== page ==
How to Cut Tiles to Fit in Any Space

Last Updated on March 16, 2022 by Kravelv

Tiles are arguably the unsung heroes of many kitchens and bathrooms. Their aesthetic impact coupled with their waterproof, easy to clean and long lasting properties mean they serve a function that not many other parts can.

Of course, they’re pretty solid and square components; you’ll need more than just a pair of scissors to fit into corners and around pipes, corners and curved arches. If you’re planning on doing a bit DIY tiling, learning how to cut tiles is a must.

Where to Start

The most obvious place to start is to determine what needs to be done before even beginning any tiling. Measure up the surface to be tiled and see how it corresponds to your chosen tiles. This should give you an idea of how many you’ll have to cut.

You’ll also need to assess the obstacles preventing a complete tile being laid. What shape is it? It is curved or straight? The answer will have a direct impact on cutting technique.


Straight Cuts

The simplest of all cuts, a straight slice doesn’t require too much DIY-savvy. In fact, most cases need just a handheld tile cutter and a straight edge.

Once you know the size of the gap that needs filling, mark it on your tile with the help of the straight edge. Remember to use a pencil or crayon and to leave a little additional space for grouting.

Being as careful and accurate as possible, place the edge along your markings. Hold it firmly so it doesn’t slip and use your cutter to score the marking in one continuous movement. You want to apply enough pressure to penetrate the glaze on the surface of the tile.

Place a pencil or crayon underneath your scored line and apply pressure to each side. If you press hard enough, your tile will snap into two pieces, cleanly and easily.

Curved Tiles

A little trickier, but highly accomplishable, cutting tiles into curves only needs to be as difficult as you make it. It’s much simpler than you might imagine and all you’ll need is paper or card, pencil or crayon and a tile saw.

Reach for a bit of paper or card. Cut it into the same shape and size as your tile and then snip out the shape that you want to cut your tile to. Place the paper or card on top of the tile and use it as a template to mark where to cut.

Take a clamp and ensure your tile is secure enough as to not move during cutting. A tile saw has a round blade which will allow you to change direction without being too fiddly so is perfect for producing arched shapes. Use yours to cut along the marking you made and if needs be, smooth the tile with a file.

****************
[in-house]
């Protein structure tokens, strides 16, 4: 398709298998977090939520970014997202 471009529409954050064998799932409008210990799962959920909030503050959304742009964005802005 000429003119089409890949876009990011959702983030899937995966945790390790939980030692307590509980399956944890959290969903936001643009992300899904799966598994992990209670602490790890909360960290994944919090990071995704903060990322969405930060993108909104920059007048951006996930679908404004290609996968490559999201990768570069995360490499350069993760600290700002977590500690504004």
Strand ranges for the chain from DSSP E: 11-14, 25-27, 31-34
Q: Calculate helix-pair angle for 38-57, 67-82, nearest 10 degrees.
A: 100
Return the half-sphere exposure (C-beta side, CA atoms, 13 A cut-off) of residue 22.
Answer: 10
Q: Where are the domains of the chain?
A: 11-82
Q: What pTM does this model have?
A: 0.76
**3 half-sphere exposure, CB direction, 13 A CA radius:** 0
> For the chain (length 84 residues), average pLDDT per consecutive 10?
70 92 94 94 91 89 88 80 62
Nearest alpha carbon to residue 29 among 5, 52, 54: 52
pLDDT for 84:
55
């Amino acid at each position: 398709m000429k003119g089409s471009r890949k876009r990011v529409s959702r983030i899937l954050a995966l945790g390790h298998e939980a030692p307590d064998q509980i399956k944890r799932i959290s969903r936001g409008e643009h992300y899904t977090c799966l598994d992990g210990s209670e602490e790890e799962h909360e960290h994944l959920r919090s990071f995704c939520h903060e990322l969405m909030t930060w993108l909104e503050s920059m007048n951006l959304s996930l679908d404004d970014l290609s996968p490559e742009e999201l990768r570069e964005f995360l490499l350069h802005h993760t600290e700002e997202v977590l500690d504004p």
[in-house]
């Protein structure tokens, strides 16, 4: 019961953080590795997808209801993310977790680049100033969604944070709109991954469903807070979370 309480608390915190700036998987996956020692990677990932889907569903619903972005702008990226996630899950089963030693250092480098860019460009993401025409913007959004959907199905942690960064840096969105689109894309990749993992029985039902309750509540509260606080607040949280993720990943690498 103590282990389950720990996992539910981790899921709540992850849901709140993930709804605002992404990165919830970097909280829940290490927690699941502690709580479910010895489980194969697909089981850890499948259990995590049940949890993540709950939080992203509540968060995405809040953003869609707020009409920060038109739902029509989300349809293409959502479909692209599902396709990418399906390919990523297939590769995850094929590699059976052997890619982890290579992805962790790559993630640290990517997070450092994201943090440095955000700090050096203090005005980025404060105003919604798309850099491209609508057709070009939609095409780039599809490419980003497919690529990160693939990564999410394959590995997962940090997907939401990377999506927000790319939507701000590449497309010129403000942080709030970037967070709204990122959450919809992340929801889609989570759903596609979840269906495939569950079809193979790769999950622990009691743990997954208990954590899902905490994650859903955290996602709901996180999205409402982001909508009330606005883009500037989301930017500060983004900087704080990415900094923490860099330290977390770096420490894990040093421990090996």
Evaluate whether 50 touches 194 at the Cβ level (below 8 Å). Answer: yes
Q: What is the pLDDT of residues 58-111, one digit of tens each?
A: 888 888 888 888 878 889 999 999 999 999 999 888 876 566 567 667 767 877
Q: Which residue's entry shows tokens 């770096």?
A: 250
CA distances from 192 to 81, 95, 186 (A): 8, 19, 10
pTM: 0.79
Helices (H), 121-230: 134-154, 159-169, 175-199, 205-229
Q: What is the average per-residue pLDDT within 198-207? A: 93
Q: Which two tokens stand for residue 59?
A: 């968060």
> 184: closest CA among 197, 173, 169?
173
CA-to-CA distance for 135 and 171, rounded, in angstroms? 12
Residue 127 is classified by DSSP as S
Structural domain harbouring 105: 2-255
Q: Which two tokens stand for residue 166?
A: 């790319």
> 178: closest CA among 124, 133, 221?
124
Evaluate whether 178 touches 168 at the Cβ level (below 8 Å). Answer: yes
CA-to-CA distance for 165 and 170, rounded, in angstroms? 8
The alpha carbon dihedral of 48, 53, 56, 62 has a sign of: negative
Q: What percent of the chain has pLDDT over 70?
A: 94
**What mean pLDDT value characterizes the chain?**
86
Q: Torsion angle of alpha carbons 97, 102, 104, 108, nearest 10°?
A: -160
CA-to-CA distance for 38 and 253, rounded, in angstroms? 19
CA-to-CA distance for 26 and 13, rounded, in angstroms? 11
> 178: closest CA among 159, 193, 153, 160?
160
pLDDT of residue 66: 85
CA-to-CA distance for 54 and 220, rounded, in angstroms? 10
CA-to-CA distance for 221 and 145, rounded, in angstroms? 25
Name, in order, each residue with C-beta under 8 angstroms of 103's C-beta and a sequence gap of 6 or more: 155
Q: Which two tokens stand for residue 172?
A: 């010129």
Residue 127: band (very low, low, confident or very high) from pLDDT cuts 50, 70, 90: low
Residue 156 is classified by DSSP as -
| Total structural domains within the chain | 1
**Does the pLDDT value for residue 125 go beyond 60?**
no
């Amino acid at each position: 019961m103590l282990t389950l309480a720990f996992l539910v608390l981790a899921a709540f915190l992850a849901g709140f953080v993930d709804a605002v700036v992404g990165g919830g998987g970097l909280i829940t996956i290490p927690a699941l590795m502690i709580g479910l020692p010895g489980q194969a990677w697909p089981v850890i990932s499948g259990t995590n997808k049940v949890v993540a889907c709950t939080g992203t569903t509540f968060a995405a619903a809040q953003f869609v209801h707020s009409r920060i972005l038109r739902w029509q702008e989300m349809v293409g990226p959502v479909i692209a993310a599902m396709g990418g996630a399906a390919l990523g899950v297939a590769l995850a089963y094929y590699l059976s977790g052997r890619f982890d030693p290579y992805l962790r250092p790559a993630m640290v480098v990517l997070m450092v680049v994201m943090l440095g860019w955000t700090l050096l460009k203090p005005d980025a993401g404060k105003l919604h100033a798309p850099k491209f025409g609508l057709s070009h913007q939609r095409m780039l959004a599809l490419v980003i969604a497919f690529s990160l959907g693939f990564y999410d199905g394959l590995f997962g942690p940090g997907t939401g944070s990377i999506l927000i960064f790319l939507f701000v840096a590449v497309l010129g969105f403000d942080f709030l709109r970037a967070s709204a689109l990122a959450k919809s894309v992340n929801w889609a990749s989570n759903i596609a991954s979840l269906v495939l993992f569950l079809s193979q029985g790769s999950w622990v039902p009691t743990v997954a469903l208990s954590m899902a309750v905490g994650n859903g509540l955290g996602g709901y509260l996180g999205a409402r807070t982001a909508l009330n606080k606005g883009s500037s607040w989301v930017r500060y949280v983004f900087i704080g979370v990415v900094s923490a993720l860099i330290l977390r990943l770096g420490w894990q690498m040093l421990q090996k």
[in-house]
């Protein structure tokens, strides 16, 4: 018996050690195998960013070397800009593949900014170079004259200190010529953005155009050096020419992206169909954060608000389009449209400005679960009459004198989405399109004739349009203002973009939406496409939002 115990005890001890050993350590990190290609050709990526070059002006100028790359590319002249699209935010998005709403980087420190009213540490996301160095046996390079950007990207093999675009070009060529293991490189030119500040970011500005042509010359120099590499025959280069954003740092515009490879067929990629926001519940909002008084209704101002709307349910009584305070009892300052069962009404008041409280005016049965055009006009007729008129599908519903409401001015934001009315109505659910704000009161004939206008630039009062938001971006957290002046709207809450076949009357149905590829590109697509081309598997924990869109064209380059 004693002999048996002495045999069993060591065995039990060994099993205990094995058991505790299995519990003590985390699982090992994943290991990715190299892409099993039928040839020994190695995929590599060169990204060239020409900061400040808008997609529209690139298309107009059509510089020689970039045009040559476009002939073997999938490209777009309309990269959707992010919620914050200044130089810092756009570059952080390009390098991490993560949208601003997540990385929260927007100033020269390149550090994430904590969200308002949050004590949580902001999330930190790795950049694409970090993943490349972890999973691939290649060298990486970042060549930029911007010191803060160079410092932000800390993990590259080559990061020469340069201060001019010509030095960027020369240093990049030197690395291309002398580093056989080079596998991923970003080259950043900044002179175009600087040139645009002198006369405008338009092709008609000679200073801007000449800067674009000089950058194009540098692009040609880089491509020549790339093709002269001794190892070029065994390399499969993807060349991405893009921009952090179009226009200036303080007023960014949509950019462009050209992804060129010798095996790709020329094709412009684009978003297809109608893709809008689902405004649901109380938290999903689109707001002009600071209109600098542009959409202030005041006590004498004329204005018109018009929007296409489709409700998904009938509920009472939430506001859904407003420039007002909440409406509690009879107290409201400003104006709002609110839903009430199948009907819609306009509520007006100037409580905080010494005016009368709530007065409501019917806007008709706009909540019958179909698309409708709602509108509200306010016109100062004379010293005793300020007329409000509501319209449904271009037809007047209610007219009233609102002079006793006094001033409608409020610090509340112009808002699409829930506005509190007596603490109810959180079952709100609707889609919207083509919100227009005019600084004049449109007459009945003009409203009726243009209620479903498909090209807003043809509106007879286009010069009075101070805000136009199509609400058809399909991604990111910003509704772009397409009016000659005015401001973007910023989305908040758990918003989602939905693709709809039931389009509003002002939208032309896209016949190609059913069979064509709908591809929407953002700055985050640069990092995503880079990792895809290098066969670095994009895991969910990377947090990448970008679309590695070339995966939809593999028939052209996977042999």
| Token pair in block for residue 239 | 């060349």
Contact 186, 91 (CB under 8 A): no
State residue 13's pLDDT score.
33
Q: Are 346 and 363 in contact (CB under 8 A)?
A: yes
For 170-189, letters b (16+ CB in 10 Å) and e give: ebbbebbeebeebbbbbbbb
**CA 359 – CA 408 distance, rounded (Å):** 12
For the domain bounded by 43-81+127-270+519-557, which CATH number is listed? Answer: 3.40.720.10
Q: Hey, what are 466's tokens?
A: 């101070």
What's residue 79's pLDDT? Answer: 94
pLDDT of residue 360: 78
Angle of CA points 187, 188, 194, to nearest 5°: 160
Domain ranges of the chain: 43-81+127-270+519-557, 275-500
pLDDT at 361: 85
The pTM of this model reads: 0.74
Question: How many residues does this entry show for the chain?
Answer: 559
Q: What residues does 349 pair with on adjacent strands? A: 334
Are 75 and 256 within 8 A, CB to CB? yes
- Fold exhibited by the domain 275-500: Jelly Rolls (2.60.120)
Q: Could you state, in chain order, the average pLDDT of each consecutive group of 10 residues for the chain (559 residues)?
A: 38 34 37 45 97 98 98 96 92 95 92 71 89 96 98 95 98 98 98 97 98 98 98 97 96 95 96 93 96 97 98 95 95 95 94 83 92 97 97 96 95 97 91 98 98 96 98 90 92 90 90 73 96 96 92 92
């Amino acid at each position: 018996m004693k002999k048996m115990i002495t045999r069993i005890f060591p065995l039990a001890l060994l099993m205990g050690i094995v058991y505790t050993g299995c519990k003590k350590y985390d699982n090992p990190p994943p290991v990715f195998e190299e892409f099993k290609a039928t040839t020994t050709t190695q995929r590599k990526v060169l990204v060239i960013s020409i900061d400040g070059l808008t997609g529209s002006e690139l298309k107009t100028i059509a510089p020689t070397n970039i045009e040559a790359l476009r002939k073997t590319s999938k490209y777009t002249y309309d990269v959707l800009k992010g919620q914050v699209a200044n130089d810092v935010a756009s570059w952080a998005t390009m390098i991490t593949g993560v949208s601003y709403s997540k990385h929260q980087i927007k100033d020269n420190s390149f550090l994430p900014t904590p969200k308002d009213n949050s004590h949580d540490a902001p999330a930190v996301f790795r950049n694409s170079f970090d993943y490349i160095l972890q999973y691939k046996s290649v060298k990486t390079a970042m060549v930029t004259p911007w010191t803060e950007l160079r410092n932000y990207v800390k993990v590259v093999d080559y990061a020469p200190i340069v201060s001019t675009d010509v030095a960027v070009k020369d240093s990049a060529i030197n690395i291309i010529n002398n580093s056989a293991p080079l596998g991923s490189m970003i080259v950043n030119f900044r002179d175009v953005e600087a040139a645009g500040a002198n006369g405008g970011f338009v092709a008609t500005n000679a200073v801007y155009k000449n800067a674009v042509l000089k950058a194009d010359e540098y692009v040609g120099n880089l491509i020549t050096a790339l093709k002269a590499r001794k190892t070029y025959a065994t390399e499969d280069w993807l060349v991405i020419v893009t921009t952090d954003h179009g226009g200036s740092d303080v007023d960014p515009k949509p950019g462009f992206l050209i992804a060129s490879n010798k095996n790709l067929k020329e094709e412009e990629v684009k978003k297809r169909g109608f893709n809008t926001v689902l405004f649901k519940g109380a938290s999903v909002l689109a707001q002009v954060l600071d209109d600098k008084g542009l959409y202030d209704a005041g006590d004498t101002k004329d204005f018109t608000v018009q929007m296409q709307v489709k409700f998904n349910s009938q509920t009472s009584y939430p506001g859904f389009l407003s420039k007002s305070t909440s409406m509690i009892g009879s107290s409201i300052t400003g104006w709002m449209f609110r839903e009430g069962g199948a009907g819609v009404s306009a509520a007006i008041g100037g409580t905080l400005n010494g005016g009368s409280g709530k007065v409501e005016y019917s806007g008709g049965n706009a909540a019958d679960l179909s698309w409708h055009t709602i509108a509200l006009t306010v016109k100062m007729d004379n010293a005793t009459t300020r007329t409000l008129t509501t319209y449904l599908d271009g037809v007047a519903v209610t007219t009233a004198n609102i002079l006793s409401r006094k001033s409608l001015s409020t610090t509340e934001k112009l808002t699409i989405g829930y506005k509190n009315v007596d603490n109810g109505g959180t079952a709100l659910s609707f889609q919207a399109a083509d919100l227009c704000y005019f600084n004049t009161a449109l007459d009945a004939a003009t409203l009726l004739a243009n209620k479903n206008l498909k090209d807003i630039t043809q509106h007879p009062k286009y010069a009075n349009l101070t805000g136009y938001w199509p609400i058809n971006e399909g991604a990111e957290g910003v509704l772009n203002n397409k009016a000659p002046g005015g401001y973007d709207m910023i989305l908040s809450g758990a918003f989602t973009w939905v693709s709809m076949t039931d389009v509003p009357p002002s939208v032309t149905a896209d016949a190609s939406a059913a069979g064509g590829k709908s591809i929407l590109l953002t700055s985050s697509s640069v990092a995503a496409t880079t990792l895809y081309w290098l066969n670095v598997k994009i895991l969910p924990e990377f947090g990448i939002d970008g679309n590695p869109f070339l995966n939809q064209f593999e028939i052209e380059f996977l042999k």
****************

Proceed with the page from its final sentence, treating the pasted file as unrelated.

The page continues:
Accommodating for Windows

Window recesses can be a bit troublesome to begin with. It won’t be long until you’re tackling them like a professional, though.

Sometimes rather awkwardly shaped, not to mention incredibly narrow, they do require a bit of care. You should tile the wall around the recess first, making sure that they match up with the recess. You should be able to use the same techniques applied to straight cuts to get your tiles ready to be laid.


The best place to start is in the centre of the recess. The tiles on the wall will give an indication of where you can apply full tiles. Do this first and work out towards the edges. Remember the methods used to cut your straight lines and apply them to fit into the edges of the recess.

Cutting Tiles Like a Master

With a few simple pointers and perhaps a few practice runs, you’ll soon be slicing tiles like it’s second nature. Simply choose your perfect tiles and cut them to suit your specific room. There’s a wide range of wall coverings to choose from so whatever your tastes, you’ll be able to customise whatever you like.

Remember though, if you can’t seem to get the grasp of it, you don’t have to keep trying. After all, it may be cheaper to hire a professional than to keep spending more money on tiles.


Author Bio:

Lee Simpkin is General Manager at Tile Town  ( ), suppliers and experts in all thing tiles.


Kravelv is a full time digital marketer and part time furniture and cabinet maker. During his free time he would like to create something out of recycled woods, this varies from toys, furnitures plant boxes etc. Follow him on Twitter | Pinterest | Facebook